Growing up, I heard the same story about breastfeeding many times from my mother. She talked about trying, about me, my pitiable cries and lack of growth. She was nineteen. She blamed her youth, her lack of experience, her unsupportive husband. But mostly, she blamed her small boobs. Her tiny titties. Her flat chest. She could never make enough milk.
When I became pregnant, I was determined to breastfeed. I read the books about the womanly art and I attended the class at the birthing center. I remember the instructor telling the class, “anyone, unless they are very ill or have a medical condition can breastfeed.” I swallowed that whole. I printed it on my heart in capital letters. I told my mother on the phone, “Anyone can breastfeed. I will breastfeed.” I remember that phone call, I was walking around the neighborhood with the dog, trying not to trip over the leash as she looped my legs. The silence stretched out buzzing on the line between us and I waited for her to say that my boobs were too small, that I wouldn’t make enough milk so I could defiantly respond, “breast size doesn’t matter.” Of course I learned this in the class, from the woman who told me anyone can breastfeed.
Then I had a baby. My sweet girl. The birth was long and she had to be taken from the birthing center to the children’s hospital for a few days with a pneumothorax. I lost a lot of blood and my husband was pushing me around in a wheelchair while we waited for her release. I hadn’t planned on being gone more than a day or so and I ended up in the hospital without a bra, which apparently I lost somewhere, wearing a giant green pajama shirt. The NICU nurses would ring our room every few hours and in my paralyzing exhaustion, I would rouse Shane and he would roll me down to our little bug all surrounded by wires and I would try to nurse. I snuggled her in with the t-shirt flapping around her face, pooling around her little arms. Those were the only moments I felt anything besides numb. Her little warm face, her black hair, bright eyes, sharp arching eyebrows. When she finally latched, it felt like we were two magnets finding each other with a satisfying click. I felt like a mother.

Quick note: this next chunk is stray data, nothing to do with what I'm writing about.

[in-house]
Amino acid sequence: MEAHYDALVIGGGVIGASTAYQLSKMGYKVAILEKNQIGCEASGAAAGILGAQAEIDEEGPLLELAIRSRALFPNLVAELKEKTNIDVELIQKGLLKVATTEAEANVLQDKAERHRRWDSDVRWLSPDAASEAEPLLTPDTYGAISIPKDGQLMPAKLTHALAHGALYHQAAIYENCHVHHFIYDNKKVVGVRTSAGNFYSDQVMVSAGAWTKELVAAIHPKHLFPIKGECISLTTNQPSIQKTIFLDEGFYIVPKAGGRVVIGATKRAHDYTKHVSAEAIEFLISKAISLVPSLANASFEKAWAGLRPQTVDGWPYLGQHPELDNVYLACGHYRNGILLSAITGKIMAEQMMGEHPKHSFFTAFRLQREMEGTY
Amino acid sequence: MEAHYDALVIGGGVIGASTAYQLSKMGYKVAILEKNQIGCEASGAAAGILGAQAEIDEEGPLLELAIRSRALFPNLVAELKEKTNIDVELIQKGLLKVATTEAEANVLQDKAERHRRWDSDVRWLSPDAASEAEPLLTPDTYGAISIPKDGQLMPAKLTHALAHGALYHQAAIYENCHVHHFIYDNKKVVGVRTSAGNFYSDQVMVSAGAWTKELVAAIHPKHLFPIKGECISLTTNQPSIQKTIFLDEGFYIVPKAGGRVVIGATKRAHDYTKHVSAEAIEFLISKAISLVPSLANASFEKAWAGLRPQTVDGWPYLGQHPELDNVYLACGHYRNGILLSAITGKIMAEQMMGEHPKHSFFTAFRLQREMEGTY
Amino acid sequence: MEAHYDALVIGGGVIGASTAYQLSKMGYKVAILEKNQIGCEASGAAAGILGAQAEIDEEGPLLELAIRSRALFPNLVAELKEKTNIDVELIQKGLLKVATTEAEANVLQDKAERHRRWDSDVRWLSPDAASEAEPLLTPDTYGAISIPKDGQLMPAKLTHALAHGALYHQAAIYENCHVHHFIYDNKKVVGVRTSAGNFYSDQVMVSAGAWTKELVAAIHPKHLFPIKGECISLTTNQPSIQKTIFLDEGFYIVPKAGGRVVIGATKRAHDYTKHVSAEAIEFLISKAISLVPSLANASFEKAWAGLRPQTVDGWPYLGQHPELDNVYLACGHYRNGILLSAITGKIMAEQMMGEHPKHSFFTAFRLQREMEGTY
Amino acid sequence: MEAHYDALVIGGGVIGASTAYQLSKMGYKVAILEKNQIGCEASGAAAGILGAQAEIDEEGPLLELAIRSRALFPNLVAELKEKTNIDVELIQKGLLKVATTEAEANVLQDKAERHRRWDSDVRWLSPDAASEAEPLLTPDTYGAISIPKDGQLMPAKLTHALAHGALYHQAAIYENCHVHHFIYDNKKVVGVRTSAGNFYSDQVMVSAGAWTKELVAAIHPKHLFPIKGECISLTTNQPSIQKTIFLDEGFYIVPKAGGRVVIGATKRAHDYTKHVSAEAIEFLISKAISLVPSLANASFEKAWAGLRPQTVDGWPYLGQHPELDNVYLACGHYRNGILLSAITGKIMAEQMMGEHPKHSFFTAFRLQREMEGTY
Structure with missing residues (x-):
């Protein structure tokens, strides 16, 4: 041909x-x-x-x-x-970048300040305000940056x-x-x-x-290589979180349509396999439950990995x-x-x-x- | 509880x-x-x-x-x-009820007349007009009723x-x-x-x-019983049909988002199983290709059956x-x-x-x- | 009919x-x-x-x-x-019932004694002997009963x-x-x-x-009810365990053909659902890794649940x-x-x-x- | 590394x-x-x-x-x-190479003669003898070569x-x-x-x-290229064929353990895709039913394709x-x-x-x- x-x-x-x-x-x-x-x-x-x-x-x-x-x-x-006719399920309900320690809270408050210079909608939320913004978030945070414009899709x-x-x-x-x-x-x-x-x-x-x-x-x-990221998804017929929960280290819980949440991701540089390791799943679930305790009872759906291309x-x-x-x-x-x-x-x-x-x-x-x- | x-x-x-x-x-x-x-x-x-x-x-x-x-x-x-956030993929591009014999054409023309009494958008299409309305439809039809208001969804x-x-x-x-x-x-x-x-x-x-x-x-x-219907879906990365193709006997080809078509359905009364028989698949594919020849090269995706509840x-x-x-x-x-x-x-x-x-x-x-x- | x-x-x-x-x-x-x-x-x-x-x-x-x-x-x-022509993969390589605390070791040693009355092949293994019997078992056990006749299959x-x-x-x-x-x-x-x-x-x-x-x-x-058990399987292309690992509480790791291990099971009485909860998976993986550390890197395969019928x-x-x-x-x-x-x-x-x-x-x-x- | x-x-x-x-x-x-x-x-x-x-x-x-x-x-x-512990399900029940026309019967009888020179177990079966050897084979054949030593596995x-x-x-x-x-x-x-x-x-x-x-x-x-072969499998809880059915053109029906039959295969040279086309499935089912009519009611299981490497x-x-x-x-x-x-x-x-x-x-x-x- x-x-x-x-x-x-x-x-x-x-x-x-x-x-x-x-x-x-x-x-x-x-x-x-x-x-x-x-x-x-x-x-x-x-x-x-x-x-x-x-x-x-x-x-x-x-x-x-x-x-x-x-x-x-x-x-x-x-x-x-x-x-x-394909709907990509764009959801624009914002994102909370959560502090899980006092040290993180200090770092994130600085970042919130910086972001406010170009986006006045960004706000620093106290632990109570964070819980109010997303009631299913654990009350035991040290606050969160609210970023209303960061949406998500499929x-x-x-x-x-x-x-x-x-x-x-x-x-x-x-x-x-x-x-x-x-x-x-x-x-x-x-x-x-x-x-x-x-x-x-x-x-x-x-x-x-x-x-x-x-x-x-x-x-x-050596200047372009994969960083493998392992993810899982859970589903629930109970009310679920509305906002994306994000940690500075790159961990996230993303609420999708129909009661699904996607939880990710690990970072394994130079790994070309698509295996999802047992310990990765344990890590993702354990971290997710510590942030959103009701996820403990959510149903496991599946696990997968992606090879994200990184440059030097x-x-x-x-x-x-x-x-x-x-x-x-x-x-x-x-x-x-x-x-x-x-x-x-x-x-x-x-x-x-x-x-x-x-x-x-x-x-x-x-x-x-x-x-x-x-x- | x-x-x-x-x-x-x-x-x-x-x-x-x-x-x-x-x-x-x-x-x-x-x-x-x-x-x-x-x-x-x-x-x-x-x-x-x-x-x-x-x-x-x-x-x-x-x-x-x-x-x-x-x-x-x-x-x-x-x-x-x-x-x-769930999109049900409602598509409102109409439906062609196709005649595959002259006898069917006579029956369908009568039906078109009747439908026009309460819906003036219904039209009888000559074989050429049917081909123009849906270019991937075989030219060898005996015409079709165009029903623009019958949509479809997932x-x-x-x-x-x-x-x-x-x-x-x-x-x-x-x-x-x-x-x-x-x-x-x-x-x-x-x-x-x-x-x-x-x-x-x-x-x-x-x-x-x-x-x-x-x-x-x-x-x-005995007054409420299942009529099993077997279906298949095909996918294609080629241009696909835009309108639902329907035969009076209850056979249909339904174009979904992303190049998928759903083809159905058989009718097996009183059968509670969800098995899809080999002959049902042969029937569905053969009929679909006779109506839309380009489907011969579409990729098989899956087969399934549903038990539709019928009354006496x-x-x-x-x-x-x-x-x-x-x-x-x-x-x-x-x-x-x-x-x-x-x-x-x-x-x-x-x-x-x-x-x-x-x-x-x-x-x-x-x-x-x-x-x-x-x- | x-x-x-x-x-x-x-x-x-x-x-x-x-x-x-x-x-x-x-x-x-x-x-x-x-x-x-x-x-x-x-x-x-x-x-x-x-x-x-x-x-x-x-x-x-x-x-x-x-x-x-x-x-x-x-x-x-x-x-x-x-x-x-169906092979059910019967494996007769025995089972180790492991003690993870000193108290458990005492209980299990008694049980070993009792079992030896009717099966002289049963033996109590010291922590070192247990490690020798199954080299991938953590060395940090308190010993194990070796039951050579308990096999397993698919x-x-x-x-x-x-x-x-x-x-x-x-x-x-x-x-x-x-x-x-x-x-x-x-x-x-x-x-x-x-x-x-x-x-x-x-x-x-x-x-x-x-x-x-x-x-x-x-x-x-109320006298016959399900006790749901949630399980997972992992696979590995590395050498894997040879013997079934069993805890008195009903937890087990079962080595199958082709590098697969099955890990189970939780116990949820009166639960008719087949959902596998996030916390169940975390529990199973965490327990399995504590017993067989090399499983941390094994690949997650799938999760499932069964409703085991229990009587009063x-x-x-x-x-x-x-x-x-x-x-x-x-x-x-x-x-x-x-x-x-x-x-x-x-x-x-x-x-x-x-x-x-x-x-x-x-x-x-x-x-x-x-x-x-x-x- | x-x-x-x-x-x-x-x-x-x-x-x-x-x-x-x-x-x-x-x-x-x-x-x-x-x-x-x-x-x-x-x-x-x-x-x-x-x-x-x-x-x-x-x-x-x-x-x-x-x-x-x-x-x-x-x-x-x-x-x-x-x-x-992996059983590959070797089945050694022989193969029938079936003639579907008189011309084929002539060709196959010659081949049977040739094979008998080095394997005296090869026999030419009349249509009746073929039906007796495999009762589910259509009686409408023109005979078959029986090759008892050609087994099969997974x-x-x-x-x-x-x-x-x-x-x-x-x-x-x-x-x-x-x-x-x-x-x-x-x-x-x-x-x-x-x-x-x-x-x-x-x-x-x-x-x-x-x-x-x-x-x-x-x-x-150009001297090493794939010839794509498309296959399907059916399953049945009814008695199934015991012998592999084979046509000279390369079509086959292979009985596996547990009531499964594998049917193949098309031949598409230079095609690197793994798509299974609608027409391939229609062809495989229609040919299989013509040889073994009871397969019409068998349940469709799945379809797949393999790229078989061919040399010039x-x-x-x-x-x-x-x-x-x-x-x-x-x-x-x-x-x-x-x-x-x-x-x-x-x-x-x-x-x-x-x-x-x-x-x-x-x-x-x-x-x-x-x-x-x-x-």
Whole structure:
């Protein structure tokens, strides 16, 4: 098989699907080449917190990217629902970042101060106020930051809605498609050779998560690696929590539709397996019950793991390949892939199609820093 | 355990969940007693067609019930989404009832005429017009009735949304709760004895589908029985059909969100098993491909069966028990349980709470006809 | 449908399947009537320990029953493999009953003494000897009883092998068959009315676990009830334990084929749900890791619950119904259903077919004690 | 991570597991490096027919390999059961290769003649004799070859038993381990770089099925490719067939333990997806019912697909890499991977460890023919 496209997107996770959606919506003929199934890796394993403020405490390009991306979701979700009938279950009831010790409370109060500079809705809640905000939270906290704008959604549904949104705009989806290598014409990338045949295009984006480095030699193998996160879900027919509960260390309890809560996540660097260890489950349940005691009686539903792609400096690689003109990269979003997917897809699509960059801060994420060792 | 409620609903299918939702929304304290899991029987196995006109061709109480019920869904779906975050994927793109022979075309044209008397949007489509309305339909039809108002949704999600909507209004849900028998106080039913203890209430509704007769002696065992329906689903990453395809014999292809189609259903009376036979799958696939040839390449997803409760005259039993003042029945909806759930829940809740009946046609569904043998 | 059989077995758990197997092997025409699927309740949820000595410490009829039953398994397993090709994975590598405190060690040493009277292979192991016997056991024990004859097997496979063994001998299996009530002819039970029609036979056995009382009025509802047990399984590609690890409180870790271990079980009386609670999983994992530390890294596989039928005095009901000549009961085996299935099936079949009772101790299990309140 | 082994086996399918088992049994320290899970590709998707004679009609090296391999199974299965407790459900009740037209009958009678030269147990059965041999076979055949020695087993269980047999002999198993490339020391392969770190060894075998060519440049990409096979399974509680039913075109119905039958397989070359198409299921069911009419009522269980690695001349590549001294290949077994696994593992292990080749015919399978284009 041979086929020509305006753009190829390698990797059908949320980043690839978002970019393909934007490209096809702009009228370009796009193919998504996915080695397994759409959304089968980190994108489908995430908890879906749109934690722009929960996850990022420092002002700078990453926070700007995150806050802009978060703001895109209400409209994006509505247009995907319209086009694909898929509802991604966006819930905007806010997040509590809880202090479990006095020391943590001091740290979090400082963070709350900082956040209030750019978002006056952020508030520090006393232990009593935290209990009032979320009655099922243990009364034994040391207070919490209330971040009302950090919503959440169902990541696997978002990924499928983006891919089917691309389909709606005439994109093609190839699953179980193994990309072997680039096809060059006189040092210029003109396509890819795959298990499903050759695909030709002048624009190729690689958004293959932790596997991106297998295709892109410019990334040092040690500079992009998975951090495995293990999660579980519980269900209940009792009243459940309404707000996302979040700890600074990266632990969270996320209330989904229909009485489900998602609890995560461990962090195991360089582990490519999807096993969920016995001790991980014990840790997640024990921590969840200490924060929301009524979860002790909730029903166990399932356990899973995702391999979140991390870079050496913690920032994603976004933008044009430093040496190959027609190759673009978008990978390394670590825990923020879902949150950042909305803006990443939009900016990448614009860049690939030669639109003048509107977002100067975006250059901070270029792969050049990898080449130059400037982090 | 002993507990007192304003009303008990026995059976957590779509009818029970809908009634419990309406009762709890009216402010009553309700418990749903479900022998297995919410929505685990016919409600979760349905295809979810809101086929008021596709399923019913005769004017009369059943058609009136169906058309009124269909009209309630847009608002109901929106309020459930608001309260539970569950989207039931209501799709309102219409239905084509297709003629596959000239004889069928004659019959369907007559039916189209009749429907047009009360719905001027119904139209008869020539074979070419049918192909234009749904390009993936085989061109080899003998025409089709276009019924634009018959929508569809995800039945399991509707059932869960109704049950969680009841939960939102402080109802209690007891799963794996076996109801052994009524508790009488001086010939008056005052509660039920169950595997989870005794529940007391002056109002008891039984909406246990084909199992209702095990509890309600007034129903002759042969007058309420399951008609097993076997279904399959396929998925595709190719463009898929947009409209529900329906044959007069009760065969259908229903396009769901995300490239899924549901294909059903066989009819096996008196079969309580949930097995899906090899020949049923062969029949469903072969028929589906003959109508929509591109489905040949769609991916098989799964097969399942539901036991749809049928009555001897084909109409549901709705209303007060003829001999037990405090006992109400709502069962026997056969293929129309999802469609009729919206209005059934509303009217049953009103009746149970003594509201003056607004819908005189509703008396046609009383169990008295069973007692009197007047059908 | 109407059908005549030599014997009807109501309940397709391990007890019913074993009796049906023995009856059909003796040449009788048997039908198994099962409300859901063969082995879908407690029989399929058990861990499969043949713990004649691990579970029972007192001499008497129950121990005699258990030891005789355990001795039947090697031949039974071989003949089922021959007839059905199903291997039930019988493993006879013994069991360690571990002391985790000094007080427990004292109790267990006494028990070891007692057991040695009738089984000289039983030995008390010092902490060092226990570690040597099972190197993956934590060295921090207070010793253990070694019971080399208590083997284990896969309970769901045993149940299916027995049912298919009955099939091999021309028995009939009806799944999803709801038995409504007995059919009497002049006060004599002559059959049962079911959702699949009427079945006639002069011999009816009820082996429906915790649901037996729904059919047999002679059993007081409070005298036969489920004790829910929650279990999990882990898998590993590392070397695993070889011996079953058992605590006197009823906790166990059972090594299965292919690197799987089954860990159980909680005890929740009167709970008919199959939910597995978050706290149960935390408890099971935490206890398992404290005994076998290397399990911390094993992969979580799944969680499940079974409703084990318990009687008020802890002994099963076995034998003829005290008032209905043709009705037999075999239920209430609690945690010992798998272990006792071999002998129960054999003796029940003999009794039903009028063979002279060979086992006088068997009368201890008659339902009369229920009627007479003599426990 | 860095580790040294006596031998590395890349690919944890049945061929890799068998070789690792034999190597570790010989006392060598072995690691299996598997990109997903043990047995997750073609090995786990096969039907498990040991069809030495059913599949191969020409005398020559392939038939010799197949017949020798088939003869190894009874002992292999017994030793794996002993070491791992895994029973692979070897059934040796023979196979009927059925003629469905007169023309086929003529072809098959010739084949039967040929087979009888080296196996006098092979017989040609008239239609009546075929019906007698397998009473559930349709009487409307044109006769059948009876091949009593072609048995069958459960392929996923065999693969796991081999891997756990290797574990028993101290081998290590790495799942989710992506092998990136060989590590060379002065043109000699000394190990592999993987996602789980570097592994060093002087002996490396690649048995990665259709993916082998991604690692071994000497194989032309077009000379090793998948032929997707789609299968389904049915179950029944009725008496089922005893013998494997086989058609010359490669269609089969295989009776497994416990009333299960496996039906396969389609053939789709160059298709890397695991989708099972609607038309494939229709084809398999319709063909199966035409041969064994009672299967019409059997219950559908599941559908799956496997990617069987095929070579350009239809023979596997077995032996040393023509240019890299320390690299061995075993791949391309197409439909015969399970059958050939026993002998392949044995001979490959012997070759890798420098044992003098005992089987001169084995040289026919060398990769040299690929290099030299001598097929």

I met my first lactation consultant. She came with jelly nipple covers and a simulated nursing system to add formula while I still tried to build my milk supply. I learned to use it. To pretend that I could nourish my baby and to run the little tube down from the syringe, past my nipple and fill my daughter’s tummy. With every new person in the room, I was told something less and less clear. The layers of conflicting information was a fog settling over me. It was okay that she had lost some weight. That was normal. She had lost too much weight. That was not normal. That I should absolutely keep trying to breastfeed and then the next minute a bottle of prepackaged formula appeared, beige in a neat little plastic bottle with a nipple to match. I was still telling myself that anyone can do it. Anyone means me.
When we got home, my loving mother-in-law had heated the house to 80 degrees. It was neat and clean, dinner on the stove. The baby cried and cried. The only way I could get her to stop was to sit on the edge of the bath tub with the water running. I stared at her like a constant question mark. Is she hungry? Or too full? Or gassy? Or maybe she misses the roaring white noise of the NICU.
People keep asking me if I was sure I wanted to breastfeed, why it’s so important, and if she’s still hungry. I add more formula, filled with doubt and disappointment, dripping it all over the my breast friend pillow, puddling beige to match my nursing bras. The whir of the pump and the roar of the water filling those first days. I want to tell someone, anyone, that I am hungry too. I feel it like the harsh whiteness of bones, the inside of my ribs empty and hollow. Hungry for certainty. Hungry to be sure that I am enough. That I can feed my own child. I don’t say anything. I just keep pumping. And pumping. And pumping.